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Year : 2010  |  Volume : 28  |  Issue : 2  |  Page : 167-169

Maxillary sinusitis caused by Lasiodiplodia theobromae

1 Department of Microbiology, Sri Ramachandra University, Porur, Chennai - 600 116, India
2 Department of ENT , Sri Ramachandra University, Porur, Chennai - 600 116, India

Date of Submission19-Jun-2009
Date of Acceptance01-Aug-2009
Date of Web Publication16-Apr-2010

Correspondence Address:
A J Kindo
Department of Microbiology, Sri Ramachandra University, Porur, Chennai - 600 116
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Source of Support: None, Conflict of Interest: None

DOI: 10.4103/0255-0857.62499

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 ~ Abstract 

Lasiodiplodia (monotypic) comprises a very small proportion of the fungal biota. It is a common plant pathogen in tropical and subtropical regions. Clinical reports on its association with onychomycosis, corneal ulcer and phaeohyphomycosis are available. However, Lasiodiplodia theobromae causing fungal sinusitis has not been reported.
We present here a case of fungal sinusitis in a 30-year-old woman, who came to the ENT OPD (out patient department) with complaints of intermittent bleeding and nasal discharge from the left side for a week. The patient complained of headache, predominantly on the left side and heaviness on and off since two months. Diagnosis was based on radiological and mycological evidence; the patient underwent endoscopic surgery and was started on antifungal treatment.

Keywords: Fungal sinusitis, immunocompetent host, lasiodiplodia theobromae Introduction

How to cite this article:
Kindo A J, Pramod C, Anita S, Mohanty S. Maxillary sinusitis caused by Lasiodiplodia theobromae. Indian J Med Microbiol 2010;28:167-9

How to cite this URL:
Kindo A J, Pramod C, Anita S, Mohanty S. Maxillary sinusitis caused by Lasiodiplodia theobromae. Indian J Med Microbiol [serial online] 2010 [cited 2020 Aug 7];28:167-9. Available from:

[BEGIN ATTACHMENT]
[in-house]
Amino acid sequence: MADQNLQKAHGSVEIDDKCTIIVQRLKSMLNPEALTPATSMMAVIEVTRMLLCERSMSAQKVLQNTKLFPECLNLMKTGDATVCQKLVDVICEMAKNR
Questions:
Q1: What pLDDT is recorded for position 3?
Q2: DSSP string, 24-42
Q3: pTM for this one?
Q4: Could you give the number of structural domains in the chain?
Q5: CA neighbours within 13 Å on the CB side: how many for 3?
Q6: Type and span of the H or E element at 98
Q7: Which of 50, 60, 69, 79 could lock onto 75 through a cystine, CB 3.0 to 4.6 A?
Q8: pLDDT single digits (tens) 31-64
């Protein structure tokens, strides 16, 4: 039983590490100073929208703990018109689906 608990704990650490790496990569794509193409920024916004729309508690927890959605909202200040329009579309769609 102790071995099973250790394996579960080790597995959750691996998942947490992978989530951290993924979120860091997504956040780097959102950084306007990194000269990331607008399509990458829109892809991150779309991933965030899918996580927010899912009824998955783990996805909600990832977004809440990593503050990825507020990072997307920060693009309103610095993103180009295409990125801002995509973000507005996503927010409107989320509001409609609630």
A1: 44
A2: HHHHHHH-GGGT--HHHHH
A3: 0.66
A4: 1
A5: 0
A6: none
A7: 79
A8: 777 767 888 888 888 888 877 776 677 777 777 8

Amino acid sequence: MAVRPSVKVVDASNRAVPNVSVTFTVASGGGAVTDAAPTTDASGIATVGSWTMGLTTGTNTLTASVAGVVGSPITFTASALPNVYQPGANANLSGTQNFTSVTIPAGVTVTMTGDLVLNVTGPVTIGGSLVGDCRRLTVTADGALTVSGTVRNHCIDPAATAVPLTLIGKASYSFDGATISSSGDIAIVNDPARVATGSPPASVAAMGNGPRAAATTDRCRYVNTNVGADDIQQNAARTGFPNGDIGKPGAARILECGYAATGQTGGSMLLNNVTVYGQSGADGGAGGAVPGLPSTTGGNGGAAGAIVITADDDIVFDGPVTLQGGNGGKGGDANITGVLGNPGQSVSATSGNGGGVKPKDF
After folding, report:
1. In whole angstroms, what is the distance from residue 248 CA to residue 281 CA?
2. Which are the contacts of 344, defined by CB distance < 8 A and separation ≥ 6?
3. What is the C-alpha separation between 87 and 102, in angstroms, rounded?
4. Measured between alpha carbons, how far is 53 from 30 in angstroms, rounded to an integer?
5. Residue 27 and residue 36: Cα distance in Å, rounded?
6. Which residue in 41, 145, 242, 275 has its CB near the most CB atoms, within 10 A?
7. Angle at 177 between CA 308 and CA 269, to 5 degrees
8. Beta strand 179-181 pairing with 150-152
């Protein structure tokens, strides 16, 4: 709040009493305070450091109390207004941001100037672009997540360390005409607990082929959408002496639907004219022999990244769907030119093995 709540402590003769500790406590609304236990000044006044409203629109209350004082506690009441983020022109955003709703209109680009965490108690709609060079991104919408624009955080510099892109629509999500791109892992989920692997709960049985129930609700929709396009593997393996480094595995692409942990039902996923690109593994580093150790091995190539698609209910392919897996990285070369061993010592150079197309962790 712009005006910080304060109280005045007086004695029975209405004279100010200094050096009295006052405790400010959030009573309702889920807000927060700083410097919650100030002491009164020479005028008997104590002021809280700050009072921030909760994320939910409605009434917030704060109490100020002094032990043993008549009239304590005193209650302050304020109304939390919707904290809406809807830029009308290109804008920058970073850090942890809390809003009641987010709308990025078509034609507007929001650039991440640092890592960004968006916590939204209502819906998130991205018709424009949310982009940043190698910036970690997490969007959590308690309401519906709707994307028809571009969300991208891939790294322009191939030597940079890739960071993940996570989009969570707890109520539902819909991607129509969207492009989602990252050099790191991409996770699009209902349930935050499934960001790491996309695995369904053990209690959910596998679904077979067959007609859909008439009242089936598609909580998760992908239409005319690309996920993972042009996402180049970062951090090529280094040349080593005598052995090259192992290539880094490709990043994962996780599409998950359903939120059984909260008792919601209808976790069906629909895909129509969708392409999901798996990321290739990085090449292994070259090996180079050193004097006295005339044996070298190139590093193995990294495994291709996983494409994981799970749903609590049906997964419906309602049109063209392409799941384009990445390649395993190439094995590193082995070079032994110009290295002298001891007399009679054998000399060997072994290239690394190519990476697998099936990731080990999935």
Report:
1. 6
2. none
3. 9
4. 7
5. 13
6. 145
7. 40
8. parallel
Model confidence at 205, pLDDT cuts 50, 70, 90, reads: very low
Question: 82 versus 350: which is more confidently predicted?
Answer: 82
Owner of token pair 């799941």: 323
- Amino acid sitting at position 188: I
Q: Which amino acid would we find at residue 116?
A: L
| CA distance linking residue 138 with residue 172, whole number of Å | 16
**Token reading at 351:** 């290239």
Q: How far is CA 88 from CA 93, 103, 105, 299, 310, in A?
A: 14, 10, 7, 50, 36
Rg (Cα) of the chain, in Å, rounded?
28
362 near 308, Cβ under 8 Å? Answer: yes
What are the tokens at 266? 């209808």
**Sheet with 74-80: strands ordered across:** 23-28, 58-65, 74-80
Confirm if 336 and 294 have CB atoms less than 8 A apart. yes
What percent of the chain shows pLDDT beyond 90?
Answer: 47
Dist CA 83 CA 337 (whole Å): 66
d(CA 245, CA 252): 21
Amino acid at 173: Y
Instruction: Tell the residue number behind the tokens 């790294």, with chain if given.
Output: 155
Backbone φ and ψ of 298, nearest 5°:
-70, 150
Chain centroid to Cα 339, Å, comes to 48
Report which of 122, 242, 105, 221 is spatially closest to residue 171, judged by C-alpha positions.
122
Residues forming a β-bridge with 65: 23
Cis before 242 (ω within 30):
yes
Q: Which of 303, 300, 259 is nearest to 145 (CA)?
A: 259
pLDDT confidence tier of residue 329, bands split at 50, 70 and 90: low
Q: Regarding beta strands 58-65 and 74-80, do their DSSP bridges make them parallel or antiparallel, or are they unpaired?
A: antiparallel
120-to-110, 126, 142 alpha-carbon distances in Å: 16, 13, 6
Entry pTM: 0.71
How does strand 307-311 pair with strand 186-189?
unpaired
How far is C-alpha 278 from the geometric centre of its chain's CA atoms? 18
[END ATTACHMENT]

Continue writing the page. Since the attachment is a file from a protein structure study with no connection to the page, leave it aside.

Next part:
~ Introduction Top

Lasiodiplodia theobromae, the type species of the genus Lasiodiplodia, has a worldwide distribution but is most common in the tropics and subtropics. [1] This particular fungi causing disease in fruiting plants like papaya has been reported in Hawaii and India only; unidentified Botryodiplodia spp. (synonym of Lasiodiplodia theobromae) have been reported from Brazil and Mexico causing papaya stem cankers. [2] Less frequently, it has been associated with keratomycosis and phaeohyphomycosis in humans. [3],[4] This organism causing fungal rhino sinusitis has not been reported.

Fungi, which have been considered simple organisms, are extremely adaptable to diverse environmental conditions. They can exhibit striking differences in appearance with temperature changes. Therefore, unless the essential conditions for culture are provided it can be very difficult to accurately speciate a fungus.

 ~ Case Report Top

A 30-year-woman attended the ENT OPD on April 11, 2009, with complaints of intermittent bleeding and discharge from the left nostril for one week. The patient complained of left sided headache and heaviness on and off since months. There was no history of ear/throat pain or ear discharge. Patient was neither diabetic nor hypertensive. She did not have any history of chronic illness like bronchial asthma or tuberculosis. There was no history of surgery of any kind in the past.